KN: Great points. I know we’ve shared a couple conversations about footwear in athletes. Many hockey players aren’t concerned with their ankle/feet at all, rationalizing this standpoint with the fact that skates limit end range ankle movement. Should they be?

When you think about it, hockey skates limit the range of motion at the ankles pretty significantly. Also, hockey skate companies are making more rigid skates than ever before (just compare an old pair of skates from the 70s made almost completely out of leather to today’s skates made of rigid composite material). So considering that, hockey players will always have some sort of range of motion restriction at the ankles after spending so many hours on the ice every week. What happens when you lose range of motion at a joint like the ankle that is supposed to have good mobility? The body will try to get that range of motion somewhere else; and most of the time, the knee, which is the closest joint, will compensate for the that lost range of motion. That is where it can cause big problems because the knee is not meant for that; the knee is a joint that should be more stable, at least in side-to-side and rotational movements. But I won’t go into too much detail about that, since I think you already did a very good job at explaining that in your joint-by-joint approach to training post the other day (The Mobility-Stability Continuum). Another thing is that I think athletes in general, including hockey players, make very poor shoe choices when it comes to their training. Or I should say that they are simply not educated enough on what to look for when getting shoes to train in. As you know, we see so much people walking in through our door wearing Nike Shox or other high-heeled running shoe; they don’t understand that this is affecting their feet and ankles too, as much as skates do. Athletes should be more informed on that kind of thing, and they should know that Nike Frees, Vibram Five Fingers and other pliable, low-heeled shoes are the way to go for optimal ankle health.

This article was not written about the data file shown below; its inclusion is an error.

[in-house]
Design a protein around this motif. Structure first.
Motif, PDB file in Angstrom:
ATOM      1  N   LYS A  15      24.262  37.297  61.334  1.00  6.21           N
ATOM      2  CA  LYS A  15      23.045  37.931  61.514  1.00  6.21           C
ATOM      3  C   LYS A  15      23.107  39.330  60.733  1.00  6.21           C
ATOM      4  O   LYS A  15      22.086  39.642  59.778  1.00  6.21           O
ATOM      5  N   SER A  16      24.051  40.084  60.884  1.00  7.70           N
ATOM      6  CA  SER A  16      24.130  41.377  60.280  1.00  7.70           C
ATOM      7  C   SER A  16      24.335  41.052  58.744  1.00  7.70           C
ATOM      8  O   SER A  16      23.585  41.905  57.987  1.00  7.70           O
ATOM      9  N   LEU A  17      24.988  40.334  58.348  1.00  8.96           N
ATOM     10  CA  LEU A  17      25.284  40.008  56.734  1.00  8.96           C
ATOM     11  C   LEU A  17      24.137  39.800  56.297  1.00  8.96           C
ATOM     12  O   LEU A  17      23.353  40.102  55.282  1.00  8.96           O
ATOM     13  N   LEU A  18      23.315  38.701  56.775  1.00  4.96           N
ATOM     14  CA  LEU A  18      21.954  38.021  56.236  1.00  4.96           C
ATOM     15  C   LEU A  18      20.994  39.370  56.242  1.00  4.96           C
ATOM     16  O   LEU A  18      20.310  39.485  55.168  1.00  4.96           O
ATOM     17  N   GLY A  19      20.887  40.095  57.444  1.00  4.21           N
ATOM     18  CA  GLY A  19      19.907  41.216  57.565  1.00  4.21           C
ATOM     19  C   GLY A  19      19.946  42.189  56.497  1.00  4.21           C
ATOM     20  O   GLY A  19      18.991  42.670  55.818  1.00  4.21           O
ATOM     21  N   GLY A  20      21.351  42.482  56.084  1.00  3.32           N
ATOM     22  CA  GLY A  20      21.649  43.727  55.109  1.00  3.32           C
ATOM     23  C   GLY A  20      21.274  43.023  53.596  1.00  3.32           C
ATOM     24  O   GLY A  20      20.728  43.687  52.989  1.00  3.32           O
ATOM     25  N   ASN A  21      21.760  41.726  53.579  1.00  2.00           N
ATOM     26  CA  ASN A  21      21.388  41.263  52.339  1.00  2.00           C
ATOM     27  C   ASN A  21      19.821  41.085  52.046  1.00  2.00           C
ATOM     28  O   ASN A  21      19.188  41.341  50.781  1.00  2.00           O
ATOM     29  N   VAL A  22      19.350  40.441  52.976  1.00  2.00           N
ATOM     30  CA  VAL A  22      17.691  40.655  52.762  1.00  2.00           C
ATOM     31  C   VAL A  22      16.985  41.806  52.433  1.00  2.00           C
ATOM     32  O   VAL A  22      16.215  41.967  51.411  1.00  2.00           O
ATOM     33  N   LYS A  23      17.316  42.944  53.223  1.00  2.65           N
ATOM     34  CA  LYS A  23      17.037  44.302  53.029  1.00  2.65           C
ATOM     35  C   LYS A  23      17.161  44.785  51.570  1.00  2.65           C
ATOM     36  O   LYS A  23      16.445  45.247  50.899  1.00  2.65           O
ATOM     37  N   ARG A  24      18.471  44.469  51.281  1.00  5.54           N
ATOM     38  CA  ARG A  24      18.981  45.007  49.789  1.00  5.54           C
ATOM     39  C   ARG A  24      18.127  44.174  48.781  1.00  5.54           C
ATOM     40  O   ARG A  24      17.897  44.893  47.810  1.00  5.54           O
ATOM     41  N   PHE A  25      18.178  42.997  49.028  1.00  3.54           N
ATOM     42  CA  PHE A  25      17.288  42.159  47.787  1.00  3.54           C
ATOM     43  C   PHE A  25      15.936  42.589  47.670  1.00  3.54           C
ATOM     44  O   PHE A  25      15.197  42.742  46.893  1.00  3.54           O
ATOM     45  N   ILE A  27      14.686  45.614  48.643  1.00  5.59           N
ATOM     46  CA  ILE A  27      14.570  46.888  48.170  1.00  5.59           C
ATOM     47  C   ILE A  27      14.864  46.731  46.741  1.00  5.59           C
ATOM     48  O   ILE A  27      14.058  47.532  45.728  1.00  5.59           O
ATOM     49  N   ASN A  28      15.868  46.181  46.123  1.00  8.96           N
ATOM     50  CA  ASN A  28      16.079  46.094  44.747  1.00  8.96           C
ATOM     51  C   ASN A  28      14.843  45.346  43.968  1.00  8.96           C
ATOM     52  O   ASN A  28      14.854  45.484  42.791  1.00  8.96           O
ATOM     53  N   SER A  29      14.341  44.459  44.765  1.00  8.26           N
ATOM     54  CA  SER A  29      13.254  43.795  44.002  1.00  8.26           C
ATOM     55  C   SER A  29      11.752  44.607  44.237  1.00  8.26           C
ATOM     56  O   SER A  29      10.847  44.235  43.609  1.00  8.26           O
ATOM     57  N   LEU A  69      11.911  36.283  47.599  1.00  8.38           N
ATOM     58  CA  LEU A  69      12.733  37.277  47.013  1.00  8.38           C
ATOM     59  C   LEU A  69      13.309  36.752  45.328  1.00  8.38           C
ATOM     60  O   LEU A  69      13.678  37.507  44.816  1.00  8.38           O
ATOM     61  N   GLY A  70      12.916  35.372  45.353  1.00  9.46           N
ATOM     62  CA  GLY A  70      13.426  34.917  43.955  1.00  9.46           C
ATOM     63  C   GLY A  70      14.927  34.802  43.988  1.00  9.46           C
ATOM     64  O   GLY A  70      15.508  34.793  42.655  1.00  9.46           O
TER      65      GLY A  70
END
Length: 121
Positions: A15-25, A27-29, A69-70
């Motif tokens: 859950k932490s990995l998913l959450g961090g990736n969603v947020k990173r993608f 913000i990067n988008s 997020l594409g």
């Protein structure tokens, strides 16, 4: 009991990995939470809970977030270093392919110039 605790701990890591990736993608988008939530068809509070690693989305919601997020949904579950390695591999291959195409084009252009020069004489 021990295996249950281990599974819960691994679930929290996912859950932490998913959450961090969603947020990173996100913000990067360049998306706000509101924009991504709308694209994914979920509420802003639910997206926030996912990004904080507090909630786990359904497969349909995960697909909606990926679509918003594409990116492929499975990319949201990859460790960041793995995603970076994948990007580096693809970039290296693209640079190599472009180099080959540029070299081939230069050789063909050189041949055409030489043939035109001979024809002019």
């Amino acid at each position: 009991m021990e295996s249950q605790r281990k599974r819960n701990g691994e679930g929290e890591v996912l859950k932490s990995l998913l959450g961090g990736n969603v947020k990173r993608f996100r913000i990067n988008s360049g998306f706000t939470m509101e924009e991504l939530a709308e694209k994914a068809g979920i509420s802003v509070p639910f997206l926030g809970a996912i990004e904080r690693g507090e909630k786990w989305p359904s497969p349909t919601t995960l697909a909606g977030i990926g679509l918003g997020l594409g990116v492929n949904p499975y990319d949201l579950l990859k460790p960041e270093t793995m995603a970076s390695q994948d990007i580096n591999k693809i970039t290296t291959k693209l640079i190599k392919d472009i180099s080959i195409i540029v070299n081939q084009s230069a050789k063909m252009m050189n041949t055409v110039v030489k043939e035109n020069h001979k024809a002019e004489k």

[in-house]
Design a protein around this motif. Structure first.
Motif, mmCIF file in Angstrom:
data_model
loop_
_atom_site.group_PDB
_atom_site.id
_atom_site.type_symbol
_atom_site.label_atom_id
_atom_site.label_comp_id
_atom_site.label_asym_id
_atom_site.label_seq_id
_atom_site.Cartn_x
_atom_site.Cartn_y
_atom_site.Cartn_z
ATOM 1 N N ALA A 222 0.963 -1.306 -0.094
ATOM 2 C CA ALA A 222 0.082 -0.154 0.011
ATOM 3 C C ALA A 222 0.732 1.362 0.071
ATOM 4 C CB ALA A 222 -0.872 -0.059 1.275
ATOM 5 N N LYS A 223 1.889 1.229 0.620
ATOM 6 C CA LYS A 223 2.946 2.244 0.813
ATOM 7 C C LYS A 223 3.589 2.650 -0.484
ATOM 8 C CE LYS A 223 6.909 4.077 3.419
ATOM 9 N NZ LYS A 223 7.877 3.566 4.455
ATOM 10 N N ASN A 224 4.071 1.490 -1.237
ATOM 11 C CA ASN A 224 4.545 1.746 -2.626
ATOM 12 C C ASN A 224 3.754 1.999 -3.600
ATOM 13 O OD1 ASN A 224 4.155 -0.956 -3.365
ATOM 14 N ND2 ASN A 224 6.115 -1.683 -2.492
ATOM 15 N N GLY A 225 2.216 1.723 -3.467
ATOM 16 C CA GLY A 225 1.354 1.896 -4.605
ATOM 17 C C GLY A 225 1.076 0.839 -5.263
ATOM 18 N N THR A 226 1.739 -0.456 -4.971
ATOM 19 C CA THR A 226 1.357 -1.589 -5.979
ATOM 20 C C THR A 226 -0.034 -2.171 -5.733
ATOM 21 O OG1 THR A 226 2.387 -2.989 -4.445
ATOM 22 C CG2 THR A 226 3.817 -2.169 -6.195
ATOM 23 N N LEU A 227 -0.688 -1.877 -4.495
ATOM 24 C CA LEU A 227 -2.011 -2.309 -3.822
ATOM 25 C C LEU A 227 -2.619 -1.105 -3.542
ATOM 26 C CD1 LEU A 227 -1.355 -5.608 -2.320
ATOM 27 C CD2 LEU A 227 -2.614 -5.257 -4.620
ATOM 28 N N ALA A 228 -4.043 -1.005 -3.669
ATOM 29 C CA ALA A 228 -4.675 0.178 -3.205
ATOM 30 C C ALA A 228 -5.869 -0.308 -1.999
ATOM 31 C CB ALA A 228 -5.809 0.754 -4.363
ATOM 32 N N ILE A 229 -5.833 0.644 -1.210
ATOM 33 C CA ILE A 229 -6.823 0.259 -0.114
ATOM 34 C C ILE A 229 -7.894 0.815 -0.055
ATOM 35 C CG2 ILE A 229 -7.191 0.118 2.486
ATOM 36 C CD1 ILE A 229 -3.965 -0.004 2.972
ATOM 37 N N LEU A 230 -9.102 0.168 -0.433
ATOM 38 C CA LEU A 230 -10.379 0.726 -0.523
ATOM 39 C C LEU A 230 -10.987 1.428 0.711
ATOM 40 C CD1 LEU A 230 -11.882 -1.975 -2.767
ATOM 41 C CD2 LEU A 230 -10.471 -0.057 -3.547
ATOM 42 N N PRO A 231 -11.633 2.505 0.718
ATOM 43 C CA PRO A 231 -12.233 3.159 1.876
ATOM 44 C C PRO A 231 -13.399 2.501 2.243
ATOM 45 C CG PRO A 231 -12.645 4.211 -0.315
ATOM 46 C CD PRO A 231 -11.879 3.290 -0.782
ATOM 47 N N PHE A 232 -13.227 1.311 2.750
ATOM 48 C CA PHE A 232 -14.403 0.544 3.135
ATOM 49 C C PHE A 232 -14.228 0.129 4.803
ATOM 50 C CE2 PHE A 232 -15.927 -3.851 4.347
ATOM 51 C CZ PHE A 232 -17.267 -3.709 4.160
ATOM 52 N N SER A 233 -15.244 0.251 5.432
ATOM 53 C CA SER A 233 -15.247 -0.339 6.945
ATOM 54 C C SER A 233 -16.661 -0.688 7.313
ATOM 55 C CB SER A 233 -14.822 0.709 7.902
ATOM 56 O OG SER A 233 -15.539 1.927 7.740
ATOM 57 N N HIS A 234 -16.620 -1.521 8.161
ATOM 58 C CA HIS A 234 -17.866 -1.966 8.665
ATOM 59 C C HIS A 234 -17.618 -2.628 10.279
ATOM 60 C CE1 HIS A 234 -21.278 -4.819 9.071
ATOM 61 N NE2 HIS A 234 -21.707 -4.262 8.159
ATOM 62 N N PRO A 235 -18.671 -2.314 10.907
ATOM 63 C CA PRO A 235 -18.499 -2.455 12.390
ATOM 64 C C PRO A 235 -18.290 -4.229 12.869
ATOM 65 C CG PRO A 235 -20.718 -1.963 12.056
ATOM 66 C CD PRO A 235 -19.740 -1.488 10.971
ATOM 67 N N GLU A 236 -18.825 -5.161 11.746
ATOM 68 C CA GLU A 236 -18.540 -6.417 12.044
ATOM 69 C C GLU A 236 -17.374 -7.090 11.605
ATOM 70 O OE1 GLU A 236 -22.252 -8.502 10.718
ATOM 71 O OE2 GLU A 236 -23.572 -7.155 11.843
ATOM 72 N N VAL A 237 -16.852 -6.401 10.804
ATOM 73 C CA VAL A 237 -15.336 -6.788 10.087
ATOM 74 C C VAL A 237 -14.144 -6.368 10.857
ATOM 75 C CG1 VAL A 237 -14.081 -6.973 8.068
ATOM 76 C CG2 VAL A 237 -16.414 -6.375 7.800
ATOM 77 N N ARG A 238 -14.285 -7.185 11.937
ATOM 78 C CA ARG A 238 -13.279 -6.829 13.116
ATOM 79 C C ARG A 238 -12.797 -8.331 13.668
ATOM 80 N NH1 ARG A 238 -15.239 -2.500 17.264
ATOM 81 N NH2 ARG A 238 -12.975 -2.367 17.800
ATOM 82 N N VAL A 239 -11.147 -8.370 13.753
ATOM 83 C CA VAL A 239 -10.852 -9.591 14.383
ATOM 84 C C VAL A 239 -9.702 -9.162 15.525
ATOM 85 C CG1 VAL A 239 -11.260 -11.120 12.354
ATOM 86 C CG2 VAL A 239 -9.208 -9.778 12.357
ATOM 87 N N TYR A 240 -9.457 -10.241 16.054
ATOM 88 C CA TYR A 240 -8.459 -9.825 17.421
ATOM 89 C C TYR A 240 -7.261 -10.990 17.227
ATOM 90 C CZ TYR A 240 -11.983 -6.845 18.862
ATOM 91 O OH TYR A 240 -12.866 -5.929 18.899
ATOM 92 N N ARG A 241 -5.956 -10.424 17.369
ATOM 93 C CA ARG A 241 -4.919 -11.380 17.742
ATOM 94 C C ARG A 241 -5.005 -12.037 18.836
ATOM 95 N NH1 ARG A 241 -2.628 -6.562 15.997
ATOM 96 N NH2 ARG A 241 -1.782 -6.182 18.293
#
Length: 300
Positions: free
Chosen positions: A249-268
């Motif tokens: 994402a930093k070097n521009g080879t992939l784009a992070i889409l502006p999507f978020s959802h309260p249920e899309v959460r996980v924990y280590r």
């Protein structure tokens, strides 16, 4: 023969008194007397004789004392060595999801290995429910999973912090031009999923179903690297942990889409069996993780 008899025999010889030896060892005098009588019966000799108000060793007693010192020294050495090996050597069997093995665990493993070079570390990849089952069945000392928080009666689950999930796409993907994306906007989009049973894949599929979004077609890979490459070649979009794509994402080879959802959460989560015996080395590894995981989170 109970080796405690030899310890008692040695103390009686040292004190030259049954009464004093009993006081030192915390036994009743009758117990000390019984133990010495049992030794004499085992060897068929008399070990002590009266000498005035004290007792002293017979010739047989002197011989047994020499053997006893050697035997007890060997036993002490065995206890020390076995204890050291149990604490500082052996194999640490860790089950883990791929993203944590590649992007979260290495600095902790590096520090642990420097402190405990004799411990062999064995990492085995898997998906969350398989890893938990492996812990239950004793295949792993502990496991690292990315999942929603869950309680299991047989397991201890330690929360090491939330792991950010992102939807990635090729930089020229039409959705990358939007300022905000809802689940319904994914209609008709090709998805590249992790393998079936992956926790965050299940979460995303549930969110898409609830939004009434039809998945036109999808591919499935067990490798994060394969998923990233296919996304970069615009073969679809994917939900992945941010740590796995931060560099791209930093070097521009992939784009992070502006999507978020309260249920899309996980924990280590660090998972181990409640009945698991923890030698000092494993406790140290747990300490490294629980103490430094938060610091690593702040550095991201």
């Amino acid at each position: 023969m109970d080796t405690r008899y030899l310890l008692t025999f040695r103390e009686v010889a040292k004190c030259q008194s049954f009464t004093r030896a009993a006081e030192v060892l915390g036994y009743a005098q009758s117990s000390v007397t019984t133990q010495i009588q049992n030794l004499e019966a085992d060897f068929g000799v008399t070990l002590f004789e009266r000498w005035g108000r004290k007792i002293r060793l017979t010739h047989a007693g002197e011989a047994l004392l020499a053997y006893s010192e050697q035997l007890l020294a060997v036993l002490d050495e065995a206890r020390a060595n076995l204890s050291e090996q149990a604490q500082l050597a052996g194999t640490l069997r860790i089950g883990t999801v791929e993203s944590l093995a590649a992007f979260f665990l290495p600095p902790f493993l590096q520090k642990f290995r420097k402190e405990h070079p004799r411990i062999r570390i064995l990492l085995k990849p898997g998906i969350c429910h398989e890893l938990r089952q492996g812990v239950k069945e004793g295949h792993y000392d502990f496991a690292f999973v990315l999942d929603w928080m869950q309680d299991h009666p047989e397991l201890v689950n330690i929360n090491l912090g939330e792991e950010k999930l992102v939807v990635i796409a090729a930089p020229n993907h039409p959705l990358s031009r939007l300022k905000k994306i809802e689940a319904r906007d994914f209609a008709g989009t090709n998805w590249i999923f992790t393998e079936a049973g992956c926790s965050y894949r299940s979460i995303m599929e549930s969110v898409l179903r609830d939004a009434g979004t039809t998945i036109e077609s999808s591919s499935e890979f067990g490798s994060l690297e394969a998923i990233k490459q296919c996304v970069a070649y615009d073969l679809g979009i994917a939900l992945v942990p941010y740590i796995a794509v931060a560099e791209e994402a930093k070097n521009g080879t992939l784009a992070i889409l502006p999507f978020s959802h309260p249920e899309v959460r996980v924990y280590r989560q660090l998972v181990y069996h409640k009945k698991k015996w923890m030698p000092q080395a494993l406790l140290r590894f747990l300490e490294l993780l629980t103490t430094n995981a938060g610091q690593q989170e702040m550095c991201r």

KN: I completely agree. We’ve had pretty good success in convincing our male players to buy new shoes after we tell them how great they look in high heels. What common movement abnormalities/dysfunctions have you noticed with the hockey players you’ve trained? Do you notice differences between younger and older players (slash those with more playing years than those with less)?

Well, as we’ve just discussed, the ankle range of motion seems to be an issue for a majority of hockey players; they pretty much all have some kind of restriction around the ankle joint, some being worse than others. Hip range of motion seems to be another issue with a lot of hockey players. I don’t know that many hockey players with great hip mobility. This can lead to lower back pain over time or other types of hip injuries. On that note, this is something I’ve noticed a lot with older players. The number of hip injuries, especially sports hernias, players who compete at higher level suffer is ridiculous. And it is growing at an alarming rate. Even at the professional level, I think I’ve seen at least 5-6 players on the Flyers’ roster in the NHL being out with a hip or groin injury at some point during the season. This is almost 25% of the whole roster suffering from a hip injury during ONE season! There are probably a whole lot of different reasons to explain that, but I’m pretty sure that the insane amount of time players spend on the ice year round has something to do with it. If you’ve been playing hockey year round from a very young age, playing in summer leagues, showcases, festivals, camps, etc all the time and never taking time off the ice, there are very good chances that when you get to a higher level (College or Professional) your hips are gonna be pretty banged up.

KN: That’s a message that I’ve been trying to get players/parents to understand with little luck. Unfortunately it seems like players need to be hurt before they get the message.

I know you get a lot of questions from hockey players on supplements. What supplements do you think are worthwhile for hockey players to invest in? Does this change throughout the year?

The first supplement I recommend to hockey players is always one that will take care of the recovery around the training window. A lot of athletes want to try all kinds of supplements to help them perform better. The thing is, if you want to perform better you first need to recover better, and that is why taking some kind of recovery drink is so important. A supplement that will combine fast digesting carbs (read: sugars) and protein is the way to go. You can use a supplement that will combine both (e.g. Biotest’s Surge Recovery) or use them separately (Whey protein + Gatorade). The goal is to get around 1:2 – 1:4 grams of protein to carbs ratio.